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Nathan Chen, skating coaches react to cancellation of world figure skating championships

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For two-time defending champion Nathan Chen, the cancellation of the World Figure Skating Championships in Montreal because of the coronavirus pandemic brought disappointment and relief.

“Given how quickly this virus has spread across the world, it’s definitely the right move for the populace as a whole,” Chen said in a Wednesday teleconference after a Quebec government minister had announced the cancellation.

“Even before this decision was made, I was concerned about people around me. I was worried about Raf [his coach, Rafael Arutunian] because he has been traveling a lot. Ultimately, I’m glad they are able to stay at home, to stay where they are, to sort of prevent the spread of this virus.”

His U.S. teammate Mariah Bell, like Chen coached by Arutunian and prepared to compete in a fourth straight worlds, echoed his feelings.

“I certainly understand there are bigger things than sport,” Bell said during the teleconference.

Danielle McCann, the province’s health minister, said Wednesday afternoon that in light of the rapidly spreading coronavirus, there was too much risk to allow the event scheduled for next week at the Bell Centre arena to take place.

She cited the number of foreign visitors, the fact it would take place indoors, the thousands of people involved and the declaration of a pandemic by the World Health Organization as reasons for the decision.

“As an athlete, we put a lot of time and effort into this, so it’s a little disappointing,” Chen said. “But there’s always worlds next year, and we will prepare for that.”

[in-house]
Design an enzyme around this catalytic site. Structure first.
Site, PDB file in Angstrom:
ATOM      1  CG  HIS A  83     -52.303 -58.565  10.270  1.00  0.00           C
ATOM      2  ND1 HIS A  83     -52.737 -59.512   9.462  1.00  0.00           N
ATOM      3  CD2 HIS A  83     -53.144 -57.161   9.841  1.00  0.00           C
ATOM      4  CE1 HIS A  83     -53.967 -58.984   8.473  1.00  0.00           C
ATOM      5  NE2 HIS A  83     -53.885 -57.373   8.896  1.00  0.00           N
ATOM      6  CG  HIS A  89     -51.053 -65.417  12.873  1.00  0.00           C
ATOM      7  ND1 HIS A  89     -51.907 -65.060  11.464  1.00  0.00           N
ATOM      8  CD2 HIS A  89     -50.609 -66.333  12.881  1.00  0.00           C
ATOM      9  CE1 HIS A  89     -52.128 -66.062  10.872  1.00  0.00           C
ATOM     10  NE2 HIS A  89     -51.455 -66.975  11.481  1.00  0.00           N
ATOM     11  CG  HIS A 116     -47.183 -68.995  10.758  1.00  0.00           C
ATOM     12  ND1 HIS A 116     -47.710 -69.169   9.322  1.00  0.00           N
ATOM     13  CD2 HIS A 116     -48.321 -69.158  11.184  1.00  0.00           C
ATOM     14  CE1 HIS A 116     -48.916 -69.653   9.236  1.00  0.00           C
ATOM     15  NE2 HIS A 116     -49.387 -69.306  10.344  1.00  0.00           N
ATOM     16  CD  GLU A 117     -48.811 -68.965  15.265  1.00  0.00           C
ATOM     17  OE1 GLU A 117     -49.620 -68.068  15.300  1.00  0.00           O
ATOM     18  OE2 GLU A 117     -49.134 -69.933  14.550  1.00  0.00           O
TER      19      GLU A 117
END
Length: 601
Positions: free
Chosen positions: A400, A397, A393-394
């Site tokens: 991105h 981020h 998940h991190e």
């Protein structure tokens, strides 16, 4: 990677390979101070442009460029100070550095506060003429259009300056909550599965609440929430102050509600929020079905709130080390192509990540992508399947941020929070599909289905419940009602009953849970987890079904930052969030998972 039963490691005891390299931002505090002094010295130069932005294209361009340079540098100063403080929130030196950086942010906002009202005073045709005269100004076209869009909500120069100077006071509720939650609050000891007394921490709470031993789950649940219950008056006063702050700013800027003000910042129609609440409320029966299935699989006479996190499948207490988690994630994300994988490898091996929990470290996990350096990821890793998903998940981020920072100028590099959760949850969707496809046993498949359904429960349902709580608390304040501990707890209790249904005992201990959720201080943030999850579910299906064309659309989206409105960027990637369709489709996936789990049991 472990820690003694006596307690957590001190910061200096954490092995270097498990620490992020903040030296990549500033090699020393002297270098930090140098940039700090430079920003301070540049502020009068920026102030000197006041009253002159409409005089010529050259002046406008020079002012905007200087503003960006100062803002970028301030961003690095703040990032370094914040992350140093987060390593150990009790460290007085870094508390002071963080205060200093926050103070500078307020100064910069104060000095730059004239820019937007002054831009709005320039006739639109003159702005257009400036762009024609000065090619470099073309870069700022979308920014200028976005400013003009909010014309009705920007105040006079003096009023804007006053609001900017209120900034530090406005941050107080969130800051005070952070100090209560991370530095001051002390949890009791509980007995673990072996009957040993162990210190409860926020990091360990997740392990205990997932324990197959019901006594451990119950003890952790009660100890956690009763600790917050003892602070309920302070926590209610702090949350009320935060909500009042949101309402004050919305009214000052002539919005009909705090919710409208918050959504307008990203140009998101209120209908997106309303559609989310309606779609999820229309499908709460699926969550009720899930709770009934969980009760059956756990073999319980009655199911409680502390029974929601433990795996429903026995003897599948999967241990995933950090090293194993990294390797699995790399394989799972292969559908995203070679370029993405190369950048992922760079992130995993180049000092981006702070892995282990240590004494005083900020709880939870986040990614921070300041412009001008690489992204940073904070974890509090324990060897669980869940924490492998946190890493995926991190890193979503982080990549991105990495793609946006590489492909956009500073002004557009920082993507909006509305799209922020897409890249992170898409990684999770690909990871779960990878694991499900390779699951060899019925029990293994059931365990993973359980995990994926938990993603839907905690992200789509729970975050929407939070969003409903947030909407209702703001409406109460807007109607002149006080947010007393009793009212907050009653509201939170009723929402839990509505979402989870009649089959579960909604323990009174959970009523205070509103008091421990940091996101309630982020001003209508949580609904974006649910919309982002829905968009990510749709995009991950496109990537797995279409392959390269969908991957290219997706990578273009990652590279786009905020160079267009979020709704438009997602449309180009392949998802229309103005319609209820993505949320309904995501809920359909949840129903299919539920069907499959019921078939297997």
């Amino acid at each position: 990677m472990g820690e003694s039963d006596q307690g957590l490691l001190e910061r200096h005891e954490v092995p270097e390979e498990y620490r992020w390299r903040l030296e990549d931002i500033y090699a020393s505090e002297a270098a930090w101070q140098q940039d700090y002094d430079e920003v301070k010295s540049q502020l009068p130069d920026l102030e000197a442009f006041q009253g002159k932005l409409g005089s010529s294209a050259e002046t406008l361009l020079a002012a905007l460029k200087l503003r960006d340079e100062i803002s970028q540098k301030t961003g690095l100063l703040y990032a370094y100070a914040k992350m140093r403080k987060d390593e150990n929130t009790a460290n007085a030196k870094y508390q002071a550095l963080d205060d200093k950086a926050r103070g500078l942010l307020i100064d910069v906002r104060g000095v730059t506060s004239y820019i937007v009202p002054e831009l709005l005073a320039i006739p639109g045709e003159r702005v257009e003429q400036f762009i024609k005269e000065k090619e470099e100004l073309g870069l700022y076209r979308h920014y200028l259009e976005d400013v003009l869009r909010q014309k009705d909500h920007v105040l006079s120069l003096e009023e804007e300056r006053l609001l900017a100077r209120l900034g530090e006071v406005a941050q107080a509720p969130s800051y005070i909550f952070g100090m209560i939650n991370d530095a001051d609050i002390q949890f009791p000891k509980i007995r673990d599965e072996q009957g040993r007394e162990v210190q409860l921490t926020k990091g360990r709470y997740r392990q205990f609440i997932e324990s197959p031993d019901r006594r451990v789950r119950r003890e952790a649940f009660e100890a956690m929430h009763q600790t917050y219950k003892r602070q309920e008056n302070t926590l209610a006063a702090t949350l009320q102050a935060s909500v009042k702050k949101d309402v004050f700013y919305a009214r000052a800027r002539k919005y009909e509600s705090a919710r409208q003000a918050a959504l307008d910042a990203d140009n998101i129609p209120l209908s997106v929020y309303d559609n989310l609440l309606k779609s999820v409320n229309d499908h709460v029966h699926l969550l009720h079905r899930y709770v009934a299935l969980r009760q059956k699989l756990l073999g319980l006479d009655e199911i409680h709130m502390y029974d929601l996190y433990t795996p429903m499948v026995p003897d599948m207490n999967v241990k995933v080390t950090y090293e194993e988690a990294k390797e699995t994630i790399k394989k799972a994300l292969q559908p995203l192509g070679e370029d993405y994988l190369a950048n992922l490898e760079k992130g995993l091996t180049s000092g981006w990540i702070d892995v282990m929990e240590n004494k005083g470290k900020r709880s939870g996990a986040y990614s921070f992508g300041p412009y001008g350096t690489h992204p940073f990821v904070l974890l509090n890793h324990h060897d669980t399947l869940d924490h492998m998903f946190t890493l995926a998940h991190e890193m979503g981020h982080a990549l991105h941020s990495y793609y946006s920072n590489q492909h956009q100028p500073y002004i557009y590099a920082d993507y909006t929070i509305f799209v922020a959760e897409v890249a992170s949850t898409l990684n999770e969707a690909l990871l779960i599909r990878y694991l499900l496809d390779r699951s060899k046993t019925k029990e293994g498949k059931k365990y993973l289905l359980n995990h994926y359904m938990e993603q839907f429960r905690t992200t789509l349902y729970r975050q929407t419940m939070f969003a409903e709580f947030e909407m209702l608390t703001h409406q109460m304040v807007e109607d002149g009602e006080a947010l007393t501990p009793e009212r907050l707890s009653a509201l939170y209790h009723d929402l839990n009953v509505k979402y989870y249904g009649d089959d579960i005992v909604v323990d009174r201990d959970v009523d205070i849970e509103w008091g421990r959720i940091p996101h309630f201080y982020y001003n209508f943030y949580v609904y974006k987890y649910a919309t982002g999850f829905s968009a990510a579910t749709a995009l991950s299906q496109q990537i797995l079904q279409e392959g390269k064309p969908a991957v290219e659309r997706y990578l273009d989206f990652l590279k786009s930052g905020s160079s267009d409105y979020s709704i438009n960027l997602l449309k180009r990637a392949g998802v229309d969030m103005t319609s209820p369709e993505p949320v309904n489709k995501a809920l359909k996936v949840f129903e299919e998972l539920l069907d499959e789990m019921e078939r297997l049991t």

In fact, the International Skating Union said in a statement it would discuss the possibility of having the 2020 worlds later this year but that it could not occur before October. The ISU did not say if Canada would be the only country under consideration.

“We will do our due diligence to see if that is possible,” Skate Canada chief executive Debra Armstrong said Wednesday evening. “We appreciate that the ISU also is looking into it.”

Armstrong added she has had “very preliminary conversations” with management of the Bell Centre.

“They have provided us possible opportunities to consider,” she said, “but a lot more is involved than just, ‘Can we get the rink again?’”

A rescheduled World Championships would presumably have to end at least a couple weeks before the seven-week Grand Prix season, scheduled to begin Oct. 23-25 at Skate America in Las Vegas. The six “regular season” events run one week after another, with a one-week break before the Dec. 10-13 Grand Prix Final in Beijing.

Arutunian said that even if the 2020 worlds were held this autumn, he would not alter training plans designed to have his skaters peak at the more significant pre-Olympic worlds March 22-28, 2021 in Stockholm.

If U.S. Figure Skating’s Olympic team selection process remains the same as it has been recently, results of the 2021 worlds would factor heavily in the two-year “body of work” considered for selection. The 2021 worlds would be one of three “Tier 1” events in those selection criteria, along with next season’s U.S. Championships and Grand Prix Final.

The results of the 2021 worlds will also significantly impact countries’ quota spots in each discipline at the 2022 Winter Olympics in Beijing, China.

“Yes, it would be a world title, but you cannot be prepared to be your best in October and then prepared again to be in your best shape in March,” Arutunian said.

It might lead athletes to intensify summer training, which could take its toll by the end of the next winter.

“An (autumn) worlds would not be ideal,” Chen said. “We would all be ready for it and do the best we can, but it will be a very strange situation.

“I think we would take summer pretty normal because we wouldn’t want to burn ourselves out early in the season. Worlds would almost be a progression step into the next season.”